Florida’s Polarizing Political Makeup


Anthony Abrahantes

Florida’s contrasts highlight the variation of political opinions that differ throughout different areas of the state.

Japheth Oyedepo, Staff Writer

While accepting the presidential nomination, Biden promised to be a president for all citizens – both those who voted for him and those who did not. One of the states that did not swing towards Biden was Florida; President Trump earned all the state’s 29 electoral votes. However, as one looks closer at this battleground state, the voting pattern highlighted the stark divide between Floridians and who they chose to vote for.

The map of Florida’s voters illustrates how Biden won districts with major cities such as Miami, Tallahassee, Orlando, Tampa and Jacksonville. These counties hold cities that have the largest concentrations of populations within the state. Despite this, President Trump went on to secure the state as a whole, since he was able to win a large majority of the remaining, smaller counties.

Within the city of Miami itself, a political divide was evident as well. Donald Trump dominated the votes within the areas of western Miami, where the Cuban American vote was most prevalent as in Kendall and Hialeah. President-elect Biden won a large part of the eastern side of Miami-Dade County in cities such as Miami Beach and Coconut Grove.

“Miami itself is very diverse. I assumed that it would be more democratic but I always knew it might be close between both parties,” sophomore Brian Matute said.

The divide among citizens is a result of several factors. Those within a city may be more inclined to follow parts of the Democratic platform. This has been the case for several decades, as
Democrats usually support policies that benefit and somewhat provide for a large variety of people at the expense of higher taxes. These policies, along with heavy support of social equality movements, gain support within populous areas.

“One of the main democratic platform issues involves establishing social equality between both race and gender. These progressive beliefs tend to appeal to those within cities,” sophomore Tristan Balbin said.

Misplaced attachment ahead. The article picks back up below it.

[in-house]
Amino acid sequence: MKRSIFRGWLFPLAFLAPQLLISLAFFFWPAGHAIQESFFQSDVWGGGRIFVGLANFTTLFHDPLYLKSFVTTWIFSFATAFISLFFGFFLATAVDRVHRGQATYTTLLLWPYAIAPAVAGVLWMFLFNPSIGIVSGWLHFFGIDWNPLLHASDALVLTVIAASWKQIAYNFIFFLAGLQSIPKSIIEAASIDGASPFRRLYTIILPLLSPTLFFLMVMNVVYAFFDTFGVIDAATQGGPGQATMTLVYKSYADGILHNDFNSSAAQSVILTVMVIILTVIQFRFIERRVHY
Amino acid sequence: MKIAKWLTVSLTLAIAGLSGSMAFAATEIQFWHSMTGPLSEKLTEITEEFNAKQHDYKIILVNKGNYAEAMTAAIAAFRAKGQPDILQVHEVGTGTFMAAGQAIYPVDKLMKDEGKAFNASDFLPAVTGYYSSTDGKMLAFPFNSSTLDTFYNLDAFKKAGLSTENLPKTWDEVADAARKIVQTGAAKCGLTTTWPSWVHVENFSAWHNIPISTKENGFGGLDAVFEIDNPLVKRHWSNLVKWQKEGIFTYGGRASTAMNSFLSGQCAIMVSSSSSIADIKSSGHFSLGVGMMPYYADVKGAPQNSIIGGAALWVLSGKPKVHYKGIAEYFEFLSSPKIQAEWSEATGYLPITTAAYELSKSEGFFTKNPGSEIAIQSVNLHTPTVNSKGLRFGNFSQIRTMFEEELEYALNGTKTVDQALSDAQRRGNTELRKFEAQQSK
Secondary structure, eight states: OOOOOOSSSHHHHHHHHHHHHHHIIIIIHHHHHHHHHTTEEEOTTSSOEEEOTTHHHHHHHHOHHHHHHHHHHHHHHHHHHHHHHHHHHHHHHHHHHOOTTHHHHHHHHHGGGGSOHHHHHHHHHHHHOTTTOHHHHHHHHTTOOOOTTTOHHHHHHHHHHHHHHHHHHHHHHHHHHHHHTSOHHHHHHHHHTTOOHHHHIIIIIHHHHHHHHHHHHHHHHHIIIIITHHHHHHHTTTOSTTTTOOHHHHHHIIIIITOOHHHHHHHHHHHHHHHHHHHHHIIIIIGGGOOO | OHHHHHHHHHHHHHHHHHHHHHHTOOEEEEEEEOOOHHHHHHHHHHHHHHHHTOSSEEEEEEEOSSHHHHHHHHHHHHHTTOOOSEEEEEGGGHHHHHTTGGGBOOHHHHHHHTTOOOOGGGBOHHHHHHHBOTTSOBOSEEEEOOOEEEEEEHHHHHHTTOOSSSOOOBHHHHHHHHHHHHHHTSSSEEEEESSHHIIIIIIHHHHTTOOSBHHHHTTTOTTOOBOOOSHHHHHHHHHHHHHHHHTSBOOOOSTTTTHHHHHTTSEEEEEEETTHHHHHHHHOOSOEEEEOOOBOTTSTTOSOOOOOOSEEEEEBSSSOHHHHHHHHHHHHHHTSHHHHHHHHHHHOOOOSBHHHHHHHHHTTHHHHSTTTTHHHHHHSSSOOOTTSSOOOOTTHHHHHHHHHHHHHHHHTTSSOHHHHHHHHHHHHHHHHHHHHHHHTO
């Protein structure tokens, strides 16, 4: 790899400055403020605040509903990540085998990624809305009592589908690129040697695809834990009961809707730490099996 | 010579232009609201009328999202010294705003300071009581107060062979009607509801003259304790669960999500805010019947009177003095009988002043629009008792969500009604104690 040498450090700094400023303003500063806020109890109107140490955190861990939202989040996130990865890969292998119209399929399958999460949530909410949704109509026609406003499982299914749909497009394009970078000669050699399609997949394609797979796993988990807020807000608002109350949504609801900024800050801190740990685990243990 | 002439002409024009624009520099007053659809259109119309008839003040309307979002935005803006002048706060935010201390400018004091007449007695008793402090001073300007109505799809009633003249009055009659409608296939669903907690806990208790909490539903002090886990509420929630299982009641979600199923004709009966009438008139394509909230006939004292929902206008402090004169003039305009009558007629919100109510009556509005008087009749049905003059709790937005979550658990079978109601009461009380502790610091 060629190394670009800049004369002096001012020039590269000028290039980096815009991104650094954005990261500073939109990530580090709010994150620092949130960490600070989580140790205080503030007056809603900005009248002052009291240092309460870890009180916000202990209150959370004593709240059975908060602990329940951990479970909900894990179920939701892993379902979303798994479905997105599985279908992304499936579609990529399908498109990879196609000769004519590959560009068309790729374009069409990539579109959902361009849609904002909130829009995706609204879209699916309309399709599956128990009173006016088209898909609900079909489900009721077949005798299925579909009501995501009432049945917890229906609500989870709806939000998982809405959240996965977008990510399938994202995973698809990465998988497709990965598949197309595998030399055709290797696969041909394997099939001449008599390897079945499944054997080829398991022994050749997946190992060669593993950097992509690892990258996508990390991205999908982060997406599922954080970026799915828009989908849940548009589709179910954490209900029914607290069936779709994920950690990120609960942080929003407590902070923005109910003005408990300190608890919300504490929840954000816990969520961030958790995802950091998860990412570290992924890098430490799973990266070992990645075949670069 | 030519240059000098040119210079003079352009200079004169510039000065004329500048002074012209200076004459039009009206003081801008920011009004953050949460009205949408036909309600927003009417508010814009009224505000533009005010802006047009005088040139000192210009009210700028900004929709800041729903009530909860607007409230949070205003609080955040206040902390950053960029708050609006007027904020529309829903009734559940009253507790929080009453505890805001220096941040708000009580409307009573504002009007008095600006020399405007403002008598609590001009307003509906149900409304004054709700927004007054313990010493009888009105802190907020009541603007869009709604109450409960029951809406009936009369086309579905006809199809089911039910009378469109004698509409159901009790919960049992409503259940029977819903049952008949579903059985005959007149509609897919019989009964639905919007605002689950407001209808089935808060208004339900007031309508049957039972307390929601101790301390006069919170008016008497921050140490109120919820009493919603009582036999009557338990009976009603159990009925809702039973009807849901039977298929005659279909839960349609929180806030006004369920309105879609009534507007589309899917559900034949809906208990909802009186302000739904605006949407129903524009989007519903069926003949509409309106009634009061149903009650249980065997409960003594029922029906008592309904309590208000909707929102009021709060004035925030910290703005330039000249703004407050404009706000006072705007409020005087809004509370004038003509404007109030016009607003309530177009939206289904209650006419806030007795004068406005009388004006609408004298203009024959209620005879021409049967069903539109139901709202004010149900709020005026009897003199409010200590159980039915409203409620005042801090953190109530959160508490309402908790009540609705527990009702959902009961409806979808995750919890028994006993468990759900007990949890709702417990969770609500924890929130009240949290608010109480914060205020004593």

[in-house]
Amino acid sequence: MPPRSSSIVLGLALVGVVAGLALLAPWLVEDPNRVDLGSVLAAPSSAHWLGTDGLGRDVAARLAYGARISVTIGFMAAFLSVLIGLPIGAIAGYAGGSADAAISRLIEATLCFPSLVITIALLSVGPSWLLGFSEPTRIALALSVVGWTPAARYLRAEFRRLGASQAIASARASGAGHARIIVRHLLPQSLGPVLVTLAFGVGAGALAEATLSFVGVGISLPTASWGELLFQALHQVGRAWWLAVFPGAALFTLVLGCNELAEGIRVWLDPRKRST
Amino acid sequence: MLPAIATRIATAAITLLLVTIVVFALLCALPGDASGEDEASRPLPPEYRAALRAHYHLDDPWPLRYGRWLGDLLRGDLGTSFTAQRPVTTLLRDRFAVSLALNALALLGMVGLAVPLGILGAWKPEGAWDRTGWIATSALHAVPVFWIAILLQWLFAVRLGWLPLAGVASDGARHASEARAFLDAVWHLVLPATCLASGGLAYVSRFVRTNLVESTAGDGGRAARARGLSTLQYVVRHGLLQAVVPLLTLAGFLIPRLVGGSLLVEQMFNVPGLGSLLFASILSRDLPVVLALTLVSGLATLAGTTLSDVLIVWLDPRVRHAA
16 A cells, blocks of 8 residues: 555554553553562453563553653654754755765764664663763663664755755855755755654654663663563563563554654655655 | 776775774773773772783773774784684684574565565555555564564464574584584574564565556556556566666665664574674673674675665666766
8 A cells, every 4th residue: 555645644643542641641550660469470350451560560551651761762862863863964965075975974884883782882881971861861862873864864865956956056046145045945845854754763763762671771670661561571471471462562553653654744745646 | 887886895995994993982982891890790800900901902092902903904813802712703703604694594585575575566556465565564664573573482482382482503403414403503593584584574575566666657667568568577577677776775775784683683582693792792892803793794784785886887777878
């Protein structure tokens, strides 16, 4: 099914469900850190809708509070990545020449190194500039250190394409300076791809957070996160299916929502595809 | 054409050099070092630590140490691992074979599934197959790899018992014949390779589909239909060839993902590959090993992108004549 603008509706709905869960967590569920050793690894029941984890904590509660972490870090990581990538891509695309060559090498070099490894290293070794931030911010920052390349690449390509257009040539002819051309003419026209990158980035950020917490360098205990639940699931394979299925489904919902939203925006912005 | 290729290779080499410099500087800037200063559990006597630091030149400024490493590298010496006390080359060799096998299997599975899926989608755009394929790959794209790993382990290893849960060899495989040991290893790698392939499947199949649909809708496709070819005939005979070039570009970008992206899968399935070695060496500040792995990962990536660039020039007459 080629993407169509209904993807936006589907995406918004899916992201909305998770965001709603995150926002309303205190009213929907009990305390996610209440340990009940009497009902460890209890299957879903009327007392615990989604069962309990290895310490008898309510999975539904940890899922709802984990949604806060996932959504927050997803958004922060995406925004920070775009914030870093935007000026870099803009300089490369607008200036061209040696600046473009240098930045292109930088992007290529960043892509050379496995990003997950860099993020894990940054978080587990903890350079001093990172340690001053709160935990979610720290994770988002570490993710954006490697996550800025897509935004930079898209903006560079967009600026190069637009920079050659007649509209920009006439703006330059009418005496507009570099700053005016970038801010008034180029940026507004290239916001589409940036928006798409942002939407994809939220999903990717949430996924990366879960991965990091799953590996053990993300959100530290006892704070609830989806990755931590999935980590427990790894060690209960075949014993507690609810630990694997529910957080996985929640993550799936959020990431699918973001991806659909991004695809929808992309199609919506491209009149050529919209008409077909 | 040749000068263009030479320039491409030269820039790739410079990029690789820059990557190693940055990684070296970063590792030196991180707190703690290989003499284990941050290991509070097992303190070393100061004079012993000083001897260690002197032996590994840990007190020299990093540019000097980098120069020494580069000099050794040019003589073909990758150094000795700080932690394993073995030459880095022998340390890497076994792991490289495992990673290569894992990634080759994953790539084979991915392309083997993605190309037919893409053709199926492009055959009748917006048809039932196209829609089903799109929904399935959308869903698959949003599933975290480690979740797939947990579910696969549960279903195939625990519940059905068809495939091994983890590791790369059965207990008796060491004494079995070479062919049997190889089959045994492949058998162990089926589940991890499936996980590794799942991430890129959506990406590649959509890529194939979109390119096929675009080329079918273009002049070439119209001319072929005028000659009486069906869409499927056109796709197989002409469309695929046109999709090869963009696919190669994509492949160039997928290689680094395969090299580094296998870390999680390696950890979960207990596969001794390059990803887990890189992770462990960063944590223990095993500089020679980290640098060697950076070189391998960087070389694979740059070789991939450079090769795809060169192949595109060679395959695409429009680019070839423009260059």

The farther one moves from a major city, the less Democratic support there is. Common Republican policies often benefit those citizens with the main priority of economic advancement. A portion of the less populated areas of this state comprise the agricultural infrastructure of the country. These farmers overwhelmingly voted for President Trump and his policies such as having an estate tax that did not heavily affect farmers, the protection of the biofuel industry and the rebuke of the Affordable Care Act, more commonly known as Obamacare.

The pattern seen in Florida was not an isolated incident; this trend followed throughout the country, from the east to the west. The best way to show this is with the political map of the last election. Many agricultural states, like Montana and the Dakotas, heavily voted for Trump, which has been the case for Republicans for almost a century.

Another example of the political differences between voters would be Pennsylvania, where Joe Biden won the election after last-minute mail-in ballots narrowly turned the state blue. Many of its counties containing the most populous areas, such as Philadelphia and Pittsburgh, predominantly voted for Biden.

These stark political contrasts between citizens are unlikely to change within Florida nor throughout the rest of the United States. Each party attracted their demographic in such a way that it highlighted the true makeup of the state of Florida. With these divides, however, perspective grants the ability to change voters’ points of view as no one Floridian is the same.

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